You can also rely on the help of others to get things done. This might mean literally – by asking for help or delegating tasks when you just do not have the energy; or relying on their emotional support. For example you might ask your partner not to talk to you until you have finished your task. Or simply tell them you need to do it so that they can egg you on and offer you support. If you really need to focus it can often be a good idea to inform those around you anyway so that they do not interrupt you with phone calls or jobs or invitations to things that you would rather be doing.

Finally you can obviously motivate yourself with music or films etc. For example if you really like a certain song, or get inspired by a certain film, then you can put this on in the background to help you get psyched. For example if you need to find motivation to do a workout, then watching one of the Rocky films where Stallone works out and continues his training against insurmountable odds, might well be what you need to get your heart rate up and your mental condition right. This is called ‘priming’ whereby you induce the emotion you need for that particular activity. Similarly a film or music on in the background can be a great way to make a dull task more interesting. For example if you need to tidy your room then you can watch a sitcom at the same time. Similarly you can also multitask and get more than one chore out of the way at the same time which makes it psychologically more satisfying and also a better use of time. This works well if you have a hands free kit and you need to make some phone calls – book a restaurant or call that old friend back while you drive to the bank and then you will have twice as much time when you get home to relax.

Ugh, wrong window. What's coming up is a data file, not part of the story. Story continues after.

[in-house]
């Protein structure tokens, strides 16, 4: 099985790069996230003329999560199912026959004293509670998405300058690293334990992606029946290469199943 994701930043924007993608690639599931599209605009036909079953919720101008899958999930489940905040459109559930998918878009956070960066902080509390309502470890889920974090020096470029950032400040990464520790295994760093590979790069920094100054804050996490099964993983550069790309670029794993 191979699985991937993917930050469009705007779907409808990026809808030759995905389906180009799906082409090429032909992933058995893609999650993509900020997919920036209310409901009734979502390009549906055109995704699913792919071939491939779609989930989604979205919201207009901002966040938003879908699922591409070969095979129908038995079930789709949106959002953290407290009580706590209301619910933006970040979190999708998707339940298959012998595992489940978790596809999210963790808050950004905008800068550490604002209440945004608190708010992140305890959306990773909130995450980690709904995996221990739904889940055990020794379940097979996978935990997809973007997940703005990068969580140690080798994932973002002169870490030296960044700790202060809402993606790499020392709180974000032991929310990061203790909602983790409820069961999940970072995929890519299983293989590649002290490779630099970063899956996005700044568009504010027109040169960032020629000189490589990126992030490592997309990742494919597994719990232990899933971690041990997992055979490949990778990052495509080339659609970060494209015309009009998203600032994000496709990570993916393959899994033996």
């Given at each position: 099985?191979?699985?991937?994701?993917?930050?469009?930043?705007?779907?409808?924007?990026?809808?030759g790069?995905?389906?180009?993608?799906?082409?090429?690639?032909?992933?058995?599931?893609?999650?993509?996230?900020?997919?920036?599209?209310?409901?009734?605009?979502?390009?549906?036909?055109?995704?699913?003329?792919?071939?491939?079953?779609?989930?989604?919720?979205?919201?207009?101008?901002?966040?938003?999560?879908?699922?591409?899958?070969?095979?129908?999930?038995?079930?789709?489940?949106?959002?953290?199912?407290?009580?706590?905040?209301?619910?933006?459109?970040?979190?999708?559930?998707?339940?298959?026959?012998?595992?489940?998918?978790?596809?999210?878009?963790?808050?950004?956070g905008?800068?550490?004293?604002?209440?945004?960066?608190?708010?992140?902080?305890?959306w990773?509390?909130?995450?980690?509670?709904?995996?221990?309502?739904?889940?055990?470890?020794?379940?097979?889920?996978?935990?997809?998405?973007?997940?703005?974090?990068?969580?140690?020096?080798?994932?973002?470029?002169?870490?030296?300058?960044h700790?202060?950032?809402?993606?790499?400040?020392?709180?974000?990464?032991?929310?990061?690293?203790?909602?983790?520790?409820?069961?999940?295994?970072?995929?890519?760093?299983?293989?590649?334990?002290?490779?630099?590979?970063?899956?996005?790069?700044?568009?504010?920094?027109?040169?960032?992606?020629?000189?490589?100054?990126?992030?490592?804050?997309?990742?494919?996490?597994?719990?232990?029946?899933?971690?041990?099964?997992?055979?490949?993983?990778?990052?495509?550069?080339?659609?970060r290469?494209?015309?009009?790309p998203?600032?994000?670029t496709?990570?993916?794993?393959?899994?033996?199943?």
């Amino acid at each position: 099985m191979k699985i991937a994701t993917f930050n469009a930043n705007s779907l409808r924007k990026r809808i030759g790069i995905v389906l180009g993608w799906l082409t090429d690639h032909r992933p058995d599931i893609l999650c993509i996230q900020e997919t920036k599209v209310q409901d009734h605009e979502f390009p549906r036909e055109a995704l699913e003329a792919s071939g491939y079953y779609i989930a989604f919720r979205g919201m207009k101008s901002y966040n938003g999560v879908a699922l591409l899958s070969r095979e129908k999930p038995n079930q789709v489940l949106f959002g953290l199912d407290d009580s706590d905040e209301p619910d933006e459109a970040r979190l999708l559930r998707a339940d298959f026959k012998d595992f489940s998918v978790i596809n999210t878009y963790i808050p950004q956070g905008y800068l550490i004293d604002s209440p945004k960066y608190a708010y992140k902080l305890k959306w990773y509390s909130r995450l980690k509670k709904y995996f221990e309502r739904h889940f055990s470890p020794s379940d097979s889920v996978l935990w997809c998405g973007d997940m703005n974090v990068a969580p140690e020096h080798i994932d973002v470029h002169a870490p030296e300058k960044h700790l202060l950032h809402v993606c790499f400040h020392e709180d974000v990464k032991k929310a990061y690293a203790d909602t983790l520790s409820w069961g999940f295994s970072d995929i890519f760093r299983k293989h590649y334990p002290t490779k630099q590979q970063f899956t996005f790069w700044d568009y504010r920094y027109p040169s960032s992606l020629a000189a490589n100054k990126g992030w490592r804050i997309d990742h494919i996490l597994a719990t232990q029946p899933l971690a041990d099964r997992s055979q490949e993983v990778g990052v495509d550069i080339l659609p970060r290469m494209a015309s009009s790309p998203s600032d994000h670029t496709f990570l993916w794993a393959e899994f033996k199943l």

There are other ways you can prime your mood too and these mostly involve talking yourself round to an idea. The obvious form of this that we all know is to use mantras, positive self talk etc, but anything can work. For example you can use your imagination and imagine that you are in the middle of a battle field and that the work needs to be done on time to save the world (helped with a bit of dramatic background music). If you need to do a workout, why not imagine that the weights or punching bag are your boss? Similarly anger is a great motivator, so if you can make yourself angry then use this (though this won’t work quite as well for writing an essay). Finally, you can see the situation as a challenge and as a test of your resolve. Consider it a matter of pride that you finish your task and think about how disappointed you’ll be if you don’t. This way you can build the kind of steaks you need to motivate yourself and get yourself more pumped up and worked up for the event.





Mack LeMouse